NVIDIA has told TomsHardware that the driver’s behavior with overclocking tools is indeed a software bug and they’re working on an updated driver package to fix it.
The folks at EVGA also act quickly by updating their utility to version 1.9.1, and you may click here to download.
Yesterday NVIDIA updated its GeForce/ION driver to 196.21 WHQL versionÂ which includes SLI and multi-GPU support for many new gaming titles as well asÂ some bug fixes, but several users have found that after upgrade they’re unable to overclock any more.
Expreview did a small test to check out if it’s true. We run the test with Galaxy GeForce GT240 under Windows 7 64-bit operating system, and used the following four popular overclocking utilities to see what would happen.
* Galaxy MagicPanel HD
* MSI AfterBurner V1.5.0 Beta 5
As you can see, RivaTuner V2.24C just allowed us to tweak GPU clock and memory clock,Â while oddly, the shader clock just disappeared.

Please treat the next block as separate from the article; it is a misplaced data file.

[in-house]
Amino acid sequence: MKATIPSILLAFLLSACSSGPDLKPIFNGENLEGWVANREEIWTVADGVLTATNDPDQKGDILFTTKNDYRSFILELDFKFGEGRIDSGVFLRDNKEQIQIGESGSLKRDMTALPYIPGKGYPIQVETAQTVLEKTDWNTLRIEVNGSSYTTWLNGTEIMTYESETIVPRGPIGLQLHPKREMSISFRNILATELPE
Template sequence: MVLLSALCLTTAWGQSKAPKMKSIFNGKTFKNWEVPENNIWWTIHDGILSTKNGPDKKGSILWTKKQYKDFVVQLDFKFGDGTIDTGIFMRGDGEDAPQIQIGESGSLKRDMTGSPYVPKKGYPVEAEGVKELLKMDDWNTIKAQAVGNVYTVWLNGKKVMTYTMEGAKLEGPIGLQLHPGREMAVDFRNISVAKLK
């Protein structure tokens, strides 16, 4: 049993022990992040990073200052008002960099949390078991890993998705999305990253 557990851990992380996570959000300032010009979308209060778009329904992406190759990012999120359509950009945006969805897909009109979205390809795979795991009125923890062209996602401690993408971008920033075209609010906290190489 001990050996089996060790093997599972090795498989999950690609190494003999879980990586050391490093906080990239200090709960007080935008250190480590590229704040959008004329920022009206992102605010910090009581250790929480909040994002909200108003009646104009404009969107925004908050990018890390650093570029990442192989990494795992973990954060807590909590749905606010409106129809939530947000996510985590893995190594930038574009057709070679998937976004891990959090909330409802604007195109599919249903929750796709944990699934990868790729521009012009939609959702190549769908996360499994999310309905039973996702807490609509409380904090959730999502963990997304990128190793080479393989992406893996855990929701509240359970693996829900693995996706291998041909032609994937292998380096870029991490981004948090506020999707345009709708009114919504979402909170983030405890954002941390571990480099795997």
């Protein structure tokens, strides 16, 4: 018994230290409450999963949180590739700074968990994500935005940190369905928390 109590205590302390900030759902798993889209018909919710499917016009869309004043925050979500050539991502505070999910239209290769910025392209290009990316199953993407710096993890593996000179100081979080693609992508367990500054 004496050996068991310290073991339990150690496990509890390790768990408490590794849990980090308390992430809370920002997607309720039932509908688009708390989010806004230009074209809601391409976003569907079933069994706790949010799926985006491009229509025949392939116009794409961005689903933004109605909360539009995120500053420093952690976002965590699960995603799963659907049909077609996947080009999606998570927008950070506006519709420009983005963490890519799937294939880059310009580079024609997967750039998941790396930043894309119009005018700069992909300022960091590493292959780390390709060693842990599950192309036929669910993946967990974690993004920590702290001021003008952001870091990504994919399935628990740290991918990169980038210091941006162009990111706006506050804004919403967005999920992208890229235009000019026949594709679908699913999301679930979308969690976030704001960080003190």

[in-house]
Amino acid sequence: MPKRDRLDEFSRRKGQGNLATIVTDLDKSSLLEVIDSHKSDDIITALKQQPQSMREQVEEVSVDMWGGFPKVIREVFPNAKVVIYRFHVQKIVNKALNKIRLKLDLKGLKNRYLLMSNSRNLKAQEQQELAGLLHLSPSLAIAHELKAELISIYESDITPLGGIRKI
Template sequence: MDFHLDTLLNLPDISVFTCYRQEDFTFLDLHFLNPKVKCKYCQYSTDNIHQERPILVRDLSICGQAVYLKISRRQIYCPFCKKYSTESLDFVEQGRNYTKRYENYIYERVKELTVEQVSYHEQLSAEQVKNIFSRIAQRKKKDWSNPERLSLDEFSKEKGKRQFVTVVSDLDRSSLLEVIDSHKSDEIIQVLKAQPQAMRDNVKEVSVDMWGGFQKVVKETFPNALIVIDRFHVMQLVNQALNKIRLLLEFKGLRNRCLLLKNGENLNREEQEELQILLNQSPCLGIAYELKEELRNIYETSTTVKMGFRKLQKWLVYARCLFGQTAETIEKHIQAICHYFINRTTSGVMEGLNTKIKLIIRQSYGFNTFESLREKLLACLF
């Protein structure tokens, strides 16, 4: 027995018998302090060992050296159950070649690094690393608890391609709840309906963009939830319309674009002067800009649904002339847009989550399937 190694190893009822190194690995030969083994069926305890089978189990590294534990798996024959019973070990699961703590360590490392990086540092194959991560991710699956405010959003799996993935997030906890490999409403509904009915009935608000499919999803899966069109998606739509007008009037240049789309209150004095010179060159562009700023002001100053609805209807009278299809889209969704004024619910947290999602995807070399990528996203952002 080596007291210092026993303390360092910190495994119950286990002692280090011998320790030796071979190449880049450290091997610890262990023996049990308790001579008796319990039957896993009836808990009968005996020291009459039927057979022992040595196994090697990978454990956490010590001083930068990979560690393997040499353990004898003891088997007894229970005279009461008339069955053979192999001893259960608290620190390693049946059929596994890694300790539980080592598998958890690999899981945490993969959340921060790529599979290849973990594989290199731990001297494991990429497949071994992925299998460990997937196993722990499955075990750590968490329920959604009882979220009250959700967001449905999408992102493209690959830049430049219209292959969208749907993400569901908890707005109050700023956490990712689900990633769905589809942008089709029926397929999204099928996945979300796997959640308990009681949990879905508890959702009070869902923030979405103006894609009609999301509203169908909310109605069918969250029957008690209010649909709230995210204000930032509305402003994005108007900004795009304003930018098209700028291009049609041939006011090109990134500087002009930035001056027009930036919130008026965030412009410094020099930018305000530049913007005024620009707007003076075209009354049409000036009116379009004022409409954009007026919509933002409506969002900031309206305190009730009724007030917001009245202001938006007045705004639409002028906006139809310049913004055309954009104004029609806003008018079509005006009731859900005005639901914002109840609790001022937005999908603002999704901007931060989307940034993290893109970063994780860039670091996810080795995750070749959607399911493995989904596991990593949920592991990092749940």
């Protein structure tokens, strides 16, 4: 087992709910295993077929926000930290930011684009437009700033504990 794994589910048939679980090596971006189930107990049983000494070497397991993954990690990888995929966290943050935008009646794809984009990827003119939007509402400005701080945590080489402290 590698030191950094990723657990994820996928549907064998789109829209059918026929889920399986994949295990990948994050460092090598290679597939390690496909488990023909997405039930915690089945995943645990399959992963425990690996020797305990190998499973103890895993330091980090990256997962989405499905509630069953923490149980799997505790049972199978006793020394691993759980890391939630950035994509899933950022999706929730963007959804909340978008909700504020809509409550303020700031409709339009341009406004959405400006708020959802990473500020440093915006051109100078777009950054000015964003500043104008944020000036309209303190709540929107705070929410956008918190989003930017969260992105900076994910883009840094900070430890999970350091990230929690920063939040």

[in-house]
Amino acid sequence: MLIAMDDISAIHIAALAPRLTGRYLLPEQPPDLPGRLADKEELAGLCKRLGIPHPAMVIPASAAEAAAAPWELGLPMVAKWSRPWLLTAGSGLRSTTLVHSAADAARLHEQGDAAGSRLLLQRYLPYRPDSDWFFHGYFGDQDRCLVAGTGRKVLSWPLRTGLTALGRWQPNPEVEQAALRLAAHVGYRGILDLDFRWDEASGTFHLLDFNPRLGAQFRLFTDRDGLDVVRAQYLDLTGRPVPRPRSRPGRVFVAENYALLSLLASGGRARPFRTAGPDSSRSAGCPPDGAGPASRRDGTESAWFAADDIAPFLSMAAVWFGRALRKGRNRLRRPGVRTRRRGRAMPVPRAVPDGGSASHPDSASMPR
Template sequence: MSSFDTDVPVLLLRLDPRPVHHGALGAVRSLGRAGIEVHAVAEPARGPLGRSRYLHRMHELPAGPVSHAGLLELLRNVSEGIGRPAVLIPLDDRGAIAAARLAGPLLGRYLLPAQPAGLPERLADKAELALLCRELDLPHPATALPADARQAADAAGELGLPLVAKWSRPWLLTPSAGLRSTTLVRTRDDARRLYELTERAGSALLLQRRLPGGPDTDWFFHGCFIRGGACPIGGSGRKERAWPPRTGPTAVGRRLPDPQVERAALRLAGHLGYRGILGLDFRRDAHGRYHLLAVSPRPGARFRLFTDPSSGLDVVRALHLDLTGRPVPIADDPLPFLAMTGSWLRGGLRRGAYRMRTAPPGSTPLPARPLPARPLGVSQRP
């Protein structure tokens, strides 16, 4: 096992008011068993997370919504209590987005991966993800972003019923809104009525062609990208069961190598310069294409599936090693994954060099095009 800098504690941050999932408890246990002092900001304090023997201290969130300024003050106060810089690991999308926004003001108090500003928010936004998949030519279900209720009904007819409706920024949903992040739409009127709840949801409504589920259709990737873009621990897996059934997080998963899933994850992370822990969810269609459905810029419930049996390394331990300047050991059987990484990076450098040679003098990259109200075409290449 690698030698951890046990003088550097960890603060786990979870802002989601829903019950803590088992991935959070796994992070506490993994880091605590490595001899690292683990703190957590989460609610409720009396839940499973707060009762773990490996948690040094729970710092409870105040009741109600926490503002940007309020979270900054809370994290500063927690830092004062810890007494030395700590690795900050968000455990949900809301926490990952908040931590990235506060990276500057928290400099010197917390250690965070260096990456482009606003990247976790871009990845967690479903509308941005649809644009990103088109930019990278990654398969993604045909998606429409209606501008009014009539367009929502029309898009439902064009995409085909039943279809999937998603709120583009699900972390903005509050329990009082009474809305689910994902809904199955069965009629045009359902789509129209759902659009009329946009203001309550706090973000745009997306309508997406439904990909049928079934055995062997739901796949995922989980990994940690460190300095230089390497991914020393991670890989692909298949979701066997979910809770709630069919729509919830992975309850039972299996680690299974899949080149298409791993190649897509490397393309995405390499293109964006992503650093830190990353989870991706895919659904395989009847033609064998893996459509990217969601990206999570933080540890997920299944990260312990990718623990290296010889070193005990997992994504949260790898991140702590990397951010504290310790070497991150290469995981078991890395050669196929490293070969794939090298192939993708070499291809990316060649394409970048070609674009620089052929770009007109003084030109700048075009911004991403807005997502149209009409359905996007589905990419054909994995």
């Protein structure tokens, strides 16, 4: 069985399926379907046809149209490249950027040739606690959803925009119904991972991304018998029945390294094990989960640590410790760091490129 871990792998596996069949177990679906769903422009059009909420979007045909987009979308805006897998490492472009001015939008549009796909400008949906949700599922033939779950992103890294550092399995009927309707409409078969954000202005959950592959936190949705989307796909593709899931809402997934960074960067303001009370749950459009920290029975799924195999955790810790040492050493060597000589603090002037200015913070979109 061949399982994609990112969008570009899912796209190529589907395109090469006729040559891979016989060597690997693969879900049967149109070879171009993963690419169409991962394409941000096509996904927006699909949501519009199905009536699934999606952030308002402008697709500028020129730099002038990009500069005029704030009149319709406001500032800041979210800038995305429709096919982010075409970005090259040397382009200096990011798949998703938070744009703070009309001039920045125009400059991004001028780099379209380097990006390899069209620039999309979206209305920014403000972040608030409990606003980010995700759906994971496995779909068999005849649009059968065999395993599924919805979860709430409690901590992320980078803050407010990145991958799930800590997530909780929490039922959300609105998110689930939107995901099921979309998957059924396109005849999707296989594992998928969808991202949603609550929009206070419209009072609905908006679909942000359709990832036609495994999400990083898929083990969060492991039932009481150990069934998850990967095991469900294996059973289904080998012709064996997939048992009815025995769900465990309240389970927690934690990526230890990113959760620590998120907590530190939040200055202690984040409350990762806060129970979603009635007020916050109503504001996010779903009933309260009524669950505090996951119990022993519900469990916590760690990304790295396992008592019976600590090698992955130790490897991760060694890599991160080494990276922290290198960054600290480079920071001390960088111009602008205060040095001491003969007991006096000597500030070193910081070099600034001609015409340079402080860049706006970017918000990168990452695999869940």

EVGA Precision V1.9.0
We had the same problem with the newly released EVGA Precision V1.9.0 – the shader clock can’t be tweaked either.
Galaxy MagicPanel HD
Things get even worse with MagicPanel HD – none of the core/shader/memory clock can be tweaked.
MSI AfterBurner V1.5.0 Beta 5
MSI AfterBurner V1.5.0 Beta 5 was the only software which “survived” during our test – everything works great.
Why the new driver won’t allow overclocking? The only reason that we could think of is the new driver was specially optimized for NVIDIA’s upcoming Fermi-based VGA cards, making it working against the current overclocking software.
If you feel the need to overclockÂ your NVIDIA cards, we suggest you to stick with an earlier driver version or use the latest AfterBurner utility until the problem is resolved.